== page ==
Effect on informal urban space children

  • Children in India’s informal urban spaces, particularly those on streets, are exposed to hazardous environmental conditions of dilapidated housing, poor sanitation, vector- and water-borne diseases, toxic air, and land pollution.
  • Children in conflict-affected areas who are spending their childhood amid bombs and shells are much familiar with disruptions due to curfew, riots, and Internet ban. Children in refugee camps have experienced displacement, exploitation, abuse, and trafficking.
  • These resilient childhoods had their distinct battles to win on an everyday basis. Across the spatial and temporal dimensions, there are many more childhood narratives of deep vulnerabilities and resilience at the same time.
  • In the COVID context, these children are mostly viewed as passive recipients of sufferings and rarely as active citizens of society. While we envisage a new normal future for us, these children are still waiting for a "normal" future to unfold.
  • These little architects of resilience are often "seen but not heard". Our thematic representations of children’s issues amid the pandemic are mainly devoted to the portrayal of miseries rather than having a discourse on child rights.

Sluggishness in children advocacy group

  • In COVID times, there is a noticeable sluggishness in exploring and propagating children’s commentaries — their versions of realities amid the pandemic. There are only a handful of organisations, media, and advocacy groups that take real efforts for active listening and acting upon what children have to say.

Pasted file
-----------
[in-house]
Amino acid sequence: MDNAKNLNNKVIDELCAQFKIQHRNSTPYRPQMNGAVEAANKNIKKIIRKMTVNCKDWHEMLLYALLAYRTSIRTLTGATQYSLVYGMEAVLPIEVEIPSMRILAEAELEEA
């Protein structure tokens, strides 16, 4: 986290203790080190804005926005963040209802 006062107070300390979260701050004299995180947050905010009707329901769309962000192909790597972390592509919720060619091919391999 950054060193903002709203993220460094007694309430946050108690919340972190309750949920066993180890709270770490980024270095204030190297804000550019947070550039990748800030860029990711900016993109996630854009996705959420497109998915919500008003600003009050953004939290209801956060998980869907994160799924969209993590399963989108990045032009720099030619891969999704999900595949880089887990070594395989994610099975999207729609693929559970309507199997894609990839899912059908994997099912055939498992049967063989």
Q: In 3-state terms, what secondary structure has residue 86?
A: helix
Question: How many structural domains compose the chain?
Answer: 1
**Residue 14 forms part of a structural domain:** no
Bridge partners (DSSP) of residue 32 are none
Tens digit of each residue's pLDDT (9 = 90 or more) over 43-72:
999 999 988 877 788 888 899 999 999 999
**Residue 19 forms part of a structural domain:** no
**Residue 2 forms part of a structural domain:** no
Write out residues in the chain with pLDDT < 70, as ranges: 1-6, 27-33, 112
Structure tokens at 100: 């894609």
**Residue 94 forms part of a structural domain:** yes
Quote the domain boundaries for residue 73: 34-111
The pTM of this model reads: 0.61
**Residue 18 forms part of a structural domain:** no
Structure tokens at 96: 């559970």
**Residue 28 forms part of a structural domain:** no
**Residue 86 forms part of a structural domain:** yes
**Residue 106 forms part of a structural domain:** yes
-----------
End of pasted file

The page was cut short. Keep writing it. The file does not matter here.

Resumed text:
• We have too little evidence of children speaking out their experiences, needs, ideas, and opinions in diverse settings amid the pandemic. Until now, we have not seen an ideological shift from sympathy-relief approach to participation-empowerment approach when dealing with matters affecting children.

Way forward:

  • Given the challenge in the current scenario, it is critical to ensure an uninterrupted supply of nutritious meals and food supplements to the poor children while arresting the infection spread.
  • It is incumbent upon government partners, civil society, professionals, and the public to provide vulnerable children with a platform to express their perspectives and become active partners.
  • There is a need to identify the keys to unlock their capacities to contribute to their well being through opinion formation, expression, and action.
  • Children’s voices must be sought and integrated into planning on matters of public health, school, social services, media use, and juvenile justice. Children’s narrations of their experiences require documentary evidence to gain deeper insights into their world.
  • It is time to strengthen children's expressions, ideas, and skills through deep engagements, particularly with most vulnerable children. This would give us a scope for critical inquiry into the multiple childhoods.
  • Media is one of the most powerful tools for accentuating "voices" of resilient childhoods and propagating its translation into actions. Jean Jacques Rousseau once famously wrote, "Childhood has its own way of seeing, thinking, and feeling, and nothing is more foolish than to try to substitute ours for theirs." Let us use these troubled times as an opportunity to empower our children with a "voice".